Taking Action


Illustrated by Raisa Effress

An illustration depicts a portrait of the founder of Students for Fair Admissions Edward Blum.

Iona Lee

A lawsuit against the affirmative action policies at Harvard University and The University of North Carolina at Chapell Hill aims to eliminate the consideration of race, gender and ethnicity in admissions. This case, which was brought forth by Edward Blum, will go to the Supreme Court on Oct 31 of this year. Blum’s organization, Students for Fair Admissions (SFFA), said it aims to dismantle racial classification in college selections under the pretext that this violates the equal protection clause in the Civil Rights Act.

Blum, a conservative political strategist, argued that affirmative action prevents Asian Americans and white people from being admitted to universities and unfairly gives an advantage to other minorities in order to meet diversity quotas.

Head of Diversity, Equity and Inclusion and Associate Director of Admissions Janine Jones said Blum’s case questioned whether diversity should be integrated into education.

“What they are challenging in my mind is diversity as a goal,” Jones said. “Most of the schools that are looking to diversify their communities are doing it because research tells us that educational institutions that are diverse, produce stronger citizens, and that learning is improved and critical thinking skills are improved by having diverse environments. I think what’s at the heart of [these cases], especially [in the case of] Edward Blum, I think he’s using people for this lawsuit and for his distinct purpose of keeping the status quo. He is trying to hang his hat and his legal argument on affirmative action, which I think is misplaced.”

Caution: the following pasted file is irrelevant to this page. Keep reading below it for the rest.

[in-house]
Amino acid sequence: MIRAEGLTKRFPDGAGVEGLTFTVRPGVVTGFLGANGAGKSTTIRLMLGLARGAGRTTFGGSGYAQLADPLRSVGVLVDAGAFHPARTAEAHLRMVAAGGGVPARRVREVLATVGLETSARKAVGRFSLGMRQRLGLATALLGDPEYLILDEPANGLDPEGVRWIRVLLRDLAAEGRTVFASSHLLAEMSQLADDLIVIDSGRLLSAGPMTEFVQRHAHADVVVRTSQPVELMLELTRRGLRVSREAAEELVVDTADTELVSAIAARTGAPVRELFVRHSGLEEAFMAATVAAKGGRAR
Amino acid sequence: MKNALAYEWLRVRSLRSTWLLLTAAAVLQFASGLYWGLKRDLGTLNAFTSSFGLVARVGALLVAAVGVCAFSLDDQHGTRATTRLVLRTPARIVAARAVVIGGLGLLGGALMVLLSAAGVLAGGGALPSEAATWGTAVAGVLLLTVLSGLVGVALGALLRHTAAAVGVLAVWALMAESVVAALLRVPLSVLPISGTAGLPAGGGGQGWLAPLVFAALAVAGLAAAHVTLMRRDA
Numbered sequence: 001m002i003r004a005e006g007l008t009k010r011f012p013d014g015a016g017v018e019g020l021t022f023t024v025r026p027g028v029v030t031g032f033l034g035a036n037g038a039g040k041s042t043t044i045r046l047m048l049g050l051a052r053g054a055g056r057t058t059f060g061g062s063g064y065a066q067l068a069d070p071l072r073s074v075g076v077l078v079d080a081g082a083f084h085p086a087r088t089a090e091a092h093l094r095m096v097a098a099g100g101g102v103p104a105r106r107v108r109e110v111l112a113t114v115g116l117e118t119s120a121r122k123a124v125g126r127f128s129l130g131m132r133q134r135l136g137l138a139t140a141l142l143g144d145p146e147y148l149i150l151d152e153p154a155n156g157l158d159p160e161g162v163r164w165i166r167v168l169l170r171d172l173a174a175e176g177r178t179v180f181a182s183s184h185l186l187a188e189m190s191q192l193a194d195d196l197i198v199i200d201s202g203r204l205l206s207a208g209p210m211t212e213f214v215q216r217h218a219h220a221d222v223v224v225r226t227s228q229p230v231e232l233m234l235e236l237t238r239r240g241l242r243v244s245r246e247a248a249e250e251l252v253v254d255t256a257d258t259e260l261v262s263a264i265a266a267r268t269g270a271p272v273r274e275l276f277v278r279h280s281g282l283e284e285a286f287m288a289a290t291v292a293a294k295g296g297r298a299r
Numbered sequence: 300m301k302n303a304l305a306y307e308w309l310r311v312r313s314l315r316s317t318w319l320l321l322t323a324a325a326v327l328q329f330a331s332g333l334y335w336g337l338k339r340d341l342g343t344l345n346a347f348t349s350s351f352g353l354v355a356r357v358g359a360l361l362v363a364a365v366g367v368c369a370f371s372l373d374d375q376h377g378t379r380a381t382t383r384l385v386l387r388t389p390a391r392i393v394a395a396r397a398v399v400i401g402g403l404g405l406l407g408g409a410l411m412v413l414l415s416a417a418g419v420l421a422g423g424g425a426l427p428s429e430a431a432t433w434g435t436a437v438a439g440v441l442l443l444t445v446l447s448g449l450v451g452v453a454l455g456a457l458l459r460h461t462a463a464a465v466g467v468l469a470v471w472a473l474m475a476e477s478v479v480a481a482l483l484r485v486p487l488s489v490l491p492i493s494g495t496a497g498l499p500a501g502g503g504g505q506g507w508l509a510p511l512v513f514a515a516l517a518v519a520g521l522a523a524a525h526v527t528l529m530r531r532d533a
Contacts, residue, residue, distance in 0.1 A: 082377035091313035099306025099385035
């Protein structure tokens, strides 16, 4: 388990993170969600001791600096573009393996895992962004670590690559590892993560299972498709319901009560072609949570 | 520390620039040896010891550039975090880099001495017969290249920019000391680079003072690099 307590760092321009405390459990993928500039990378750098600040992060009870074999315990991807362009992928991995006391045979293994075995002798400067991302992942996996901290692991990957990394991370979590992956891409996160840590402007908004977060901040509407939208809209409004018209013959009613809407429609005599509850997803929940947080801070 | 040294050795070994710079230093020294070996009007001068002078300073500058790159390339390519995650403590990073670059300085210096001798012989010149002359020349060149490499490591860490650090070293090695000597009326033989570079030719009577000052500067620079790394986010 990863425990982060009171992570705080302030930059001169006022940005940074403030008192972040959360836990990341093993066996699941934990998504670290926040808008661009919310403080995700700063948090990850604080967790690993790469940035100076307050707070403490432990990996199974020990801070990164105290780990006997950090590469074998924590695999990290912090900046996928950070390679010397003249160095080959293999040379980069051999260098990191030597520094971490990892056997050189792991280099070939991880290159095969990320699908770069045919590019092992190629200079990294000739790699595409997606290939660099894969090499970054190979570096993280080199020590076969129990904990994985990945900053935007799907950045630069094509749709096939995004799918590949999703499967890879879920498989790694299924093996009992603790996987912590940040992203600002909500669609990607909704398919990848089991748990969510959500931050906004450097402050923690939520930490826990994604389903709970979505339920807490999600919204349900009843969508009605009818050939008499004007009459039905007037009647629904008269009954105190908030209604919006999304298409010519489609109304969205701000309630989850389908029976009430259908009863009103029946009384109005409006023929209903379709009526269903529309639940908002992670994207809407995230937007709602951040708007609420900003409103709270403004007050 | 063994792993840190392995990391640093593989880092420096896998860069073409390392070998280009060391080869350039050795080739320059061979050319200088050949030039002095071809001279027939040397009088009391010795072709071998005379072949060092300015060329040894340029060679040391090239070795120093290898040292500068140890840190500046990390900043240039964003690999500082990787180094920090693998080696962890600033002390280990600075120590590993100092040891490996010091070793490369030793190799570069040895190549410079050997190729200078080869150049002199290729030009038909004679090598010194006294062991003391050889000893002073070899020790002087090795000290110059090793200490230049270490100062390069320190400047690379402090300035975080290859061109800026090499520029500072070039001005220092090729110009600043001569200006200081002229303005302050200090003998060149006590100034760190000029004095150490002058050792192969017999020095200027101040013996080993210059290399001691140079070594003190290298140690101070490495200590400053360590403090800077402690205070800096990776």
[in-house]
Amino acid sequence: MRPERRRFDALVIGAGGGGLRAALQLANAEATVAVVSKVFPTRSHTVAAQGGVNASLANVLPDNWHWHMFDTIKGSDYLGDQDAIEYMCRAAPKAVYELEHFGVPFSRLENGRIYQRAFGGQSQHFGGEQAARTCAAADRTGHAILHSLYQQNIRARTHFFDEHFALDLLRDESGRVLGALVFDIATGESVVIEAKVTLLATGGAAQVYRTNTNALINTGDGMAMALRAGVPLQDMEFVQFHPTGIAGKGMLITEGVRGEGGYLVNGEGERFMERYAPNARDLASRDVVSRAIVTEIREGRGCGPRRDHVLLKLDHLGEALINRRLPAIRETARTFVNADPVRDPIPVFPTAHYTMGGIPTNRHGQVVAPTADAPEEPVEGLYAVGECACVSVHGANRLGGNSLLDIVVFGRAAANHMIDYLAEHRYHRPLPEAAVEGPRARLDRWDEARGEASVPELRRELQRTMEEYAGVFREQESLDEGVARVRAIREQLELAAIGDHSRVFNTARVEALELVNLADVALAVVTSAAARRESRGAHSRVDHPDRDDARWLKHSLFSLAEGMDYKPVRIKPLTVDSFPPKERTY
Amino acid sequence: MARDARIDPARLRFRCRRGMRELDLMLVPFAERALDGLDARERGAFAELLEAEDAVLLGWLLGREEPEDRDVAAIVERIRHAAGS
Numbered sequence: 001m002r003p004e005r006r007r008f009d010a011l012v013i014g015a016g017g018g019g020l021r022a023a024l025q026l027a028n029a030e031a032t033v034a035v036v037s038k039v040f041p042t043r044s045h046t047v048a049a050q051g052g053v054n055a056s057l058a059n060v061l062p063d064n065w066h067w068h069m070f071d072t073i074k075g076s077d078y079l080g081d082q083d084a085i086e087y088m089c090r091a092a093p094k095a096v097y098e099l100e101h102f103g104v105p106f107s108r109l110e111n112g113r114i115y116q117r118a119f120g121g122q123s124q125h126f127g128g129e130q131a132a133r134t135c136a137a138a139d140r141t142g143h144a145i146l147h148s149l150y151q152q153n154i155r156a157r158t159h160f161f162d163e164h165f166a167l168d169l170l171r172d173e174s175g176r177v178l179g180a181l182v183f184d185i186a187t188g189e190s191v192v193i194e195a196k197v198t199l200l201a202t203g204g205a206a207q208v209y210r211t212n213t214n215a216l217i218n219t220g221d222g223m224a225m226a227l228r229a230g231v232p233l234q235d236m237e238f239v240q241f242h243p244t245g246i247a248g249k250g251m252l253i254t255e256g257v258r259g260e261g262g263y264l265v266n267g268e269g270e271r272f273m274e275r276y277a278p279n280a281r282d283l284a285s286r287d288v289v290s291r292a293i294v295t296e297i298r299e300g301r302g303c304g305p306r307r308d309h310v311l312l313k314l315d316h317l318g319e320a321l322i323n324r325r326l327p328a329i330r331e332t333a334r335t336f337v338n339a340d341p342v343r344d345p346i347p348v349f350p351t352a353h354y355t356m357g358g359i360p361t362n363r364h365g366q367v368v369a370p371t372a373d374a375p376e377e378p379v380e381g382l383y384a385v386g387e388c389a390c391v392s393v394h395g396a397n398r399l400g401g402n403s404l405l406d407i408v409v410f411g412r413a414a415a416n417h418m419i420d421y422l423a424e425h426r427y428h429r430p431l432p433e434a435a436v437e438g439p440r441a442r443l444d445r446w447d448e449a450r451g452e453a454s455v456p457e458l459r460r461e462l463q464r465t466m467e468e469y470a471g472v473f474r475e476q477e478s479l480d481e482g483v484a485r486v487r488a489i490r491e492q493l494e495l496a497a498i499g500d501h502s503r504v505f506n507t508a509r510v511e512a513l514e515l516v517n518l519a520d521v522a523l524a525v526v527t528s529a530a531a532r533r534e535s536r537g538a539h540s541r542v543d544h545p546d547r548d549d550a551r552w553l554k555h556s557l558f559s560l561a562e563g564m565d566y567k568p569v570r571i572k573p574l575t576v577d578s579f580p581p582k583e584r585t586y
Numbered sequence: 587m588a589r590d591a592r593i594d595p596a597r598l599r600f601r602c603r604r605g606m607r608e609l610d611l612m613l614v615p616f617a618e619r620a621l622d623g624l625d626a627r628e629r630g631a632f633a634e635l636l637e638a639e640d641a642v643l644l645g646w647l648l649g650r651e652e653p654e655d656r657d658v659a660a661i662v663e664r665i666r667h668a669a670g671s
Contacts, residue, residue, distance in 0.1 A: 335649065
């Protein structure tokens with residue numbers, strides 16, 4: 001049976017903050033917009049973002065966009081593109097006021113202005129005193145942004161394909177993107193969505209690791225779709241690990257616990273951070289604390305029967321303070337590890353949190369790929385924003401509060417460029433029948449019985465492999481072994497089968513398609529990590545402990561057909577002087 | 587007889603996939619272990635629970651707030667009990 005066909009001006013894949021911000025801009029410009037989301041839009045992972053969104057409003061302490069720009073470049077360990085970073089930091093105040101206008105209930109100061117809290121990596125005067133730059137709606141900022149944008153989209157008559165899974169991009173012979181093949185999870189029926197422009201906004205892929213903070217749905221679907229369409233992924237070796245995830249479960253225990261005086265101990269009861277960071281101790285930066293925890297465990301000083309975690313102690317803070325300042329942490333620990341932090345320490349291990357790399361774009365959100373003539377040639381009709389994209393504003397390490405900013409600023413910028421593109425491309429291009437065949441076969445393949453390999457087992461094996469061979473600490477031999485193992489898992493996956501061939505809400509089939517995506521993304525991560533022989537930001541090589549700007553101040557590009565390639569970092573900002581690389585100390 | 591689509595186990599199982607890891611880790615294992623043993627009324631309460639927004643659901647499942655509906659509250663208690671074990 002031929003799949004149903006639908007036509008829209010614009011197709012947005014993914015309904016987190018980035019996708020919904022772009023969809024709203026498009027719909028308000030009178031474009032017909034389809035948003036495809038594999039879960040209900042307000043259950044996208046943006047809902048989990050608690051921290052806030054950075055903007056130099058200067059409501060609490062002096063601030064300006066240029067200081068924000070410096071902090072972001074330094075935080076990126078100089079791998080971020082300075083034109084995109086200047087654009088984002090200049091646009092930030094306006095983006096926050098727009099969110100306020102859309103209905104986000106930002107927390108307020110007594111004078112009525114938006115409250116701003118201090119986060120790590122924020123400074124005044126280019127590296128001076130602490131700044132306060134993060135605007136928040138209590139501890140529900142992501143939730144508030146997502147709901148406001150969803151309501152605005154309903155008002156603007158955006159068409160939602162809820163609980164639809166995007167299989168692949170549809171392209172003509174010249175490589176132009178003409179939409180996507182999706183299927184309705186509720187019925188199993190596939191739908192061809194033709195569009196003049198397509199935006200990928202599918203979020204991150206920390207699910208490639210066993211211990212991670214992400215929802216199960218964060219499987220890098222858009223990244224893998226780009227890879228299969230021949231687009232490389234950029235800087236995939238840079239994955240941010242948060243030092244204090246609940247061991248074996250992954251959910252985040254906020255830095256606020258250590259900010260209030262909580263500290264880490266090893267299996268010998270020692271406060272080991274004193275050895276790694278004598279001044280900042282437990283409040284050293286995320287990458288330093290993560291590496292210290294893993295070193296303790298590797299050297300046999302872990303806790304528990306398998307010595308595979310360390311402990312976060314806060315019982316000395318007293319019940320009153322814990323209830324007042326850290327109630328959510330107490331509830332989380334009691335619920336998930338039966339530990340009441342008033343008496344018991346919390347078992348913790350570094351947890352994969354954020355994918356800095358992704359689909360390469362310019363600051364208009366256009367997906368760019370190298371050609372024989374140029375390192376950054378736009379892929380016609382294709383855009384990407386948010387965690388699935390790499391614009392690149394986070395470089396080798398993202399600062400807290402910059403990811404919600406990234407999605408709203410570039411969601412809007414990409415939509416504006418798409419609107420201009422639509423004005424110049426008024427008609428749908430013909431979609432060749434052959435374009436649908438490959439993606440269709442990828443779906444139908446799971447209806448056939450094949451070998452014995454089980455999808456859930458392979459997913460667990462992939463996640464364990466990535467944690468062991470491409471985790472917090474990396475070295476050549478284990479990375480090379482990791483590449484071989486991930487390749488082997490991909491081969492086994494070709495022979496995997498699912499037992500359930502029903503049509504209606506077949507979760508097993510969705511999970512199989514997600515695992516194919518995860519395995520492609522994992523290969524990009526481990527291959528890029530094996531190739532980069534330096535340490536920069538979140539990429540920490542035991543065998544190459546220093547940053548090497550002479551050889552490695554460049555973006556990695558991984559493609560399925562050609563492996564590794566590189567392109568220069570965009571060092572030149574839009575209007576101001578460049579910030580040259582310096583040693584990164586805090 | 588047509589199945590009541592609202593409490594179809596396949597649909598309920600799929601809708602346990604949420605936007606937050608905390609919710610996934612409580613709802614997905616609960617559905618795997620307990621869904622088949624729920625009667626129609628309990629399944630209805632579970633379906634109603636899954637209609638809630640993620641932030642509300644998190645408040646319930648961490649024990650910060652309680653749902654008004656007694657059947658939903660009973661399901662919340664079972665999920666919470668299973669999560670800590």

The precedent case for affirmative action, Grutter v. Bollinger (2003), upheld the use of racial preference in University of Michigan admissions to promote a diverse student body, according to Supreme Court Justice Sandra Day O’Connor’s majority opinion. This case further established affirmative action as a standard in the college admissions process from the Civil Rights Act of 1964.

Community members reflect on the existence of affirmative action.

Black Leadership Awareness and Culture Club (BLACC) Leader Hannah Messaye ’23 said discussions of affirmative action often neglect varying amounts of privilege and unique life experiences.

“Taking away affirmative action relies on the assumption that everyone’s experiences level out,” Messaye said. “It relies on the idea that everyone is starting from the same place. That is not true and harmful because if you start the race three steps behind, you have to run harder in order to catch up.”

Jones and Messaye both said the fight for affirmative action is an issue of equality versus equity. According to an article in the Milken Institute School of Public Health, equality gives every person equal opportunities and support, whereas equity acknowledges that each person has different circumstances and allocates the exact resources and opportunities needed to reach an equal outcome. Educational equality among all students will not correlate to equal outcomes because of the inevitable differences in circumstances; affirmative action embraces an equitable approach by offering different amounts of support needed for a positive outcome, according to an article in the United Way of National Capital Area.

Though he said he supports the goal of affirmative action, Luke Madden ’24 said he believes affirmative action fails to select the most qualified applicants.

“There are some cases where [affirmative action] clearly fails in its duty to provide equal opportunity to everyone going to college,” Madden said. “[It restricts] opportunities from qualified candidates. While I agree that colleges should make sure that everyone is on equal footing when it comes to what college they are able to attend, there’s a better solution that starts more at the source of these inequalities versus affirmative action.”

Madden said he recognizes the inequities at the root of racial disparities and said pursuing welfare policies would be the best solution.